The latest death toll revealed at least 77 people have been killed in a suicide bomb attack near a military camp housing government soldiers in northern Mali. A group allied to al Qaeda has claimed responsibility.
A suicide bomber on Wednesday detonated a vehicle laden with explosives in front of a military base in Mali's northern city of Gao. At least 40 people were killed and dozens more were injured, according to state media. A spokesperson for the United Nation's peacekeeping force Minusma warned that the death toll could rise.
Mali army spokesman Ly-col Diarran Kone said the suicide bomber "succeeded in tricking soldiers' vigilance" and penetrated the camp.
Al Qaeda affiliate claims attack
Al Mourabitoun, an Islamist group linked to al Qaeda in the Islamic Maghreb (AQIM), later claimed responsibility for the attack, saying it was punishment for groups in the region cooperating with France. In a statement translated by the US-based SITE watchdog, the group also identified the bomber as Abdelhadi al-Foulanisaid.
Al Mourabitoun is believed to be behind a string of high-profile attacks targeting the military and civilians in Mali and other West African countries.
The base hit in Wednesday's bombing housed government soldiers, as well as members of Mali's various armed groups that jointly patrol the desert under the terms of the UN-brokered peace accord between the government and Islamist militants.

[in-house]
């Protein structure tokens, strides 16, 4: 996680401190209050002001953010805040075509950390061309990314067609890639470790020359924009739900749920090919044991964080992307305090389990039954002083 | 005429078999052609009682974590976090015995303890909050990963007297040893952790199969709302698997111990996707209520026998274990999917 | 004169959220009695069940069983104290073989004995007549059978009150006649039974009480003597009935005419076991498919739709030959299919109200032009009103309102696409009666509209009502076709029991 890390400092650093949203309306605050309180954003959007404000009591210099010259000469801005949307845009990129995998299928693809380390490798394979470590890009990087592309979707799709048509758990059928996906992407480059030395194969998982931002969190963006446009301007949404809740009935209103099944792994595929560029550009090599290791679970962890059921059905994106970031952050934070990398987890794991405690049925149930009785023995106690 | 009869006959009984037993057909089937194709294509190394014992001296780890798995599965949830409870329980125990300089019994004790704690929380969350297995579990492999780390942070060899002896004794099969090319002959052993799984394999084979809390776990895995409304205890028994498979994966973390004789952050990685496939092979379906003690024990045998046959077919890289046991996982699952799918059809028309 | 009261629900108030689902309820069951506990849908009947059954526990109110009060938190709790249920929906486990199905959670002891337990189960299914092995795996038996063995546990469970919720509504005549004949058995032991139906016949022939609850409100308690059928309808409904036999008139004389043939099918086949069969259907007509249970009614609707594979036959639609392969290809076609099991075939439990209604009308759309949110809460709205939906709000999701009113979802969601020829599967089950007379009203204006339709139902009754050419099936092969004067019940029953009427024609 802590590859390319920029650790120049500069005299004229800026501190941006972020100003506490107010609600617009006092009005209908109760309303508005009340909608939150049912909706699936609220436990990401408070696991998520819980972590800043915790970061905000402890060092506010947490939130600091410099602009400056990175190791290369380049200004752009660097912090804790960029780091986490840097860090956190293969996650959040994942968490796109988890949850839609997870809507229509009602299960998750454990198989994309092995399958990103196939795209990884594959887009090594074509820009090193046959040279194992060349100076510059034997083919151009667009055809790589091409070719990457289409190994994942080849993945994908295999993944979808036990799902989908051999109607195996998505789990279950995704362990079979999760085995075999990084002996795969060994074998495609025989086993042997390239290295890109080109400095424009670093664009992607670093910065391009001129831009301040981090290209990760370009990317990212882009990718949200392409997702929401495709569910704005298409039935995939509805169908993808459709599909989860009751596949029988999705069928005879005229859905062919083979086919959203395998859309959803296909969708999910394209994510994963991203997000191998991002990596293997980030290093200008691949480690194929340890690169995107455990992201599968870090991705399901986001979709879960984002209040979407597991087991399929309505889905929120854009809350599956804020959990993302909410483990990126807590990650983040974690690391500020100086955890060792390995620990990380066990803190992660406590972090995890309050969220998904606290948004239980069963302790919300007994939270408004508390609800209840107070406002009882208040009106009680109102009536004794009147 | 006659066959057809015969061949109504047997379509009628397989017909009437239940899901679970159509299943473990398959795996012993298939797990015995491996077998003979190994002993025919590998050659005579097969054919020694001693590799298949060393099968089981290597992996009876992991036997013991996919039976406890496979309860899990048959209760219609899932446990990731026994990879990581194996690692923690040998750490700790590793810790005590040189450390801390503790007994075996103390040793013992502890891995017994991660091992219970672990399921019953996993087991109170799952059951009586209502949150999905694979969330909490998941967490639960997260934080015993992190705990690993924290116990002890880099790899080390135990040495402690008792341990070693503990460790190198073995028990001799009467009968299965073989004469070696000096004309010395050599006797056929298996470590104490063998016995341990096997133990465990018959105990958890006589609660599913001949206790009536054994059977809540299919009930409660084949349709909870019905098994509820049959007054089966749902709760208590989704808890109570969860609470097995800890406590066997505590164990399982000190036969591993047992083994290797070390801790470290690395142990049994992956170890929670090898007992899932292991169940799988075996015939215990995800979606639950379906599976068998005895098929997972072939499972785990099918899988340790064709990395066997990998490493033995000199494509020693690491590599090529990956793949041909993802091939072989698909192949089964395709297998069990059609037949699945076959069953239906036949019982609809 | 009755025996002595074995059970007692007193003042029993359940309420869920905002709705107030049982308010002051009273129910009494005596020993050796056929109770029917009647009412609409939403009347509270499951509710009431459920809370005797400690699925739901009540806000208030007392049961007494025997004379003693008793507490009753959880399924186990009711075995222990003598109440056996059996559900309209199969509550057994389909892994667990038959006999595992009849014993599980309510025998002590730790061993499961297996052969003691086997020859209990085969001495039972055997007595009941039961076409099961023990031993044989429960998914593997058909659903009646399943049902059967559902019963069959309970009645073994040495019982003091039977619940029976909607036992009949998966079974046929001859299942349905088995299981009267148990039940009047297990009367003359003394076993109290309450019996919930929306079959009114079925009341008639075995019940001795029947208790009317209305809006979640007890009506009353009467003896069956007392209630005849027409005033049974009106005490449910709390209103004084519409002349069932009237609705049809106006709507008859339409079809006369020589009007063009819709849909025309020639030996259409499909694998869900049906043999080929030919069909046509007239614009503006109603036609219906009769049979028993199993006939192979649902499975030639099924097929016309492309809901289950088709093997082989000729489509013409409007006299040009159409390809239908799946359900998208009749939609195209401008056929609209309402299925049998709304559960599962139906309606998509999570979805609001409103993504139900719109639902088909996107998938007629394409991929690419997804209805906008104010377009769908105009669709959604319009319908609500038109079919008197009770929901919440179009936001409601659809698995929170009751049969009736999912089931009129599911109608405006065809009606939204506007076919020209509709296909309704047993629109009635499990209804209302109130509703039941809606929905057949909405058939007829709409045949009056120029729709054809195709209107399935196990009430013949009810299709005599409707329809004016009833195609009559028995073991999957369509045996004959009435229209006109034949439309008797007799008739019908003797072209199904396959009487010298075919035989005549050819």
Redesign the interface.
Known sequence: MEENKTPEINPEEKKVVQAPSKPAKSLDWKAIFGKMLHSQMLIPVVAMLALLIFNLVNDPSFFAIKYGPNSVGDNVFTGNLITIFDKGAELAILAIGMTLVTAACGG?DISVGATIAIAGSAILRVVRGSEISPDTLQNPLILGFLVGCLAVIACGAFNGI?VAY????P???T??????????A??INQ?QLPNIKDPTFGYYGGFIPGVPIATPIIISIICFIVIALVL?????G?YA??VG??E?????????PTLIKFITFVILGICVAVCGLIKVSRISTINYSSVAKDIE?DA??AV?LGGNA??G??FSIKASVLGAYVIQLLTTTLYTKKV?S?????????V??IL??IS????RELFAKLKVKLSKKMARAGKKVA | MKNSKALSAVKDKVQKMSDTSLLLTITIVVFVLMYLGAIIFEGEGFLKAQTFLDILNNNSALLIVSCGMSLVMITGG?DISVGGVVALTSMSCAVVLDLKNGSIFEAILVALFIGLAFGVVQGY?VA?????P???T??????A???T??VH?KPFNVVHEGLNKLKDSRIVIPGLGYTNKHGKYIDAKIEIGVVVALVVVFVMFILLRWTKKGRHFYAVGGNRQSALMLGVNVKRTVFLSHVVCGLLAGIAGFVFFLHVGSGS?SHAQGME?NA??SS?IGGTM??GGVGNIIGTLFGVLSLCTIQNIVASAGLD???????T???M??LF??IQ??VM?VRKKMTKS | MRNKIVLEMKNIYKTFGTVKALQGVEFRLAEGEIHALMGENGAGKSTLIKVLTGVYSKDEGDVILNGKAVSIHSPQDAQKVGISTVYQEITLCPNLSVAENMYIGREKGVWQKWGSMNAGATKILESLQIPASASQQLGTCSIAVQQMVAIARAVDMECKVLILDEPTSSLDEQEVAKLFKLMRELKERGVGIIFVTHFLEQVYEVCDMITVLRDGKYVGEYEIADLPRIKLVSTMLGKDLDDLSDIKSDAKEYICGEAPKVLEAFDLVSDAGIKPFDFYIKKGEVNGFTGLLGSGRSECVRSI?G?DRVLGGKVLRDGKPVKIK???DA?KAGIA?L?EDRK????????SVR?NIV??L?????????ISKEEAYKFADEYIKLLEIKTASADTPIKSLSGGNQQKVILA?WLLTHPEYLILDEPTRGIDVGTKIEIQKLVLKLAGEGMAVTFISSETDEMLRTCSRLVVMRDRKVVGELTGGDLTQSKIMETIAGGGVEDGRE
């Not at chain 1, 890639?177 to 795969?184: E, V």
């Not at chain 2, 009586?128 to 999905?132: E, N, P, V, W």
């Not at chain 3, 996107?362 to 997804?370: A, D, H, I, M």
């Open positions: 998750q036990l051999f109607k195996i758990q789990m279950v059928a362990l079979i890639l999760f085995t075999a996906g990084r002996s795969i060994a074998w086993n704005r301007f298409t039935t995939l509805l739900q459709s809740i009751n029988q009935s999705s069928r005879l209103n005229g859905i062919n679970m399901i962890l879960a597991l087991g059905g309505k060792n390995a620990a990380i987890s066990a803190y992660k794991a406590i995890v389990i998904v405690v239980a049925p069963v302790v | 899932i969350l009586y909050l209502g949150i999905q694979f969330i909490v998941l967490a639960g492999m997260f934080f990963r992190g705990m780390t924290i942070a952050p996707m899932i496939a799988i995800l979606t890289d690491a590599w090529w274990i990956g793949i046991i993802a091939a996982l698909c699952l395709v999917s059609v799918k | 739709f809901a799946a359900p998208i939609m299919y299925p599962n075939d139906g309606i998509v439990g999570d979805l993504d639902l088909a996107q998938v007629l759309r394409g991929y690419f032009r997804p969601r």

Some 11,000 UN peace keeping forces are currently deployed in the city, including 550 soldiers from the German armed forces.
The area remains insecure despite a French-led military intervention in January 2013 to drive back Islamist extremists who had taken over the north of the country.
Militants continue to operate in the area, while tension between local rebel groups and government-backed militias remains high.
Wednesday's attack coincided with a report published by rights group Human Rights Watch (HRW) accusing Mali's government of failing to protect civilians in the northern and central regions from Islamic extremists. The report outlined how militants occupied villages, imposed a strict interpretation of Sharia law and forced families to give up their children to become fighters.
Corinne Dufka, an Associate Director at HRW and head of the group's work in West Africa, said "the situation in the past year has become markedly worse" with increasing instances of Islamist intimidation tactics and riots. The government's "failure" to regain control had led to a worsening of the situation.
dm,nm/jm (KNA, AP, Reuters, AFP)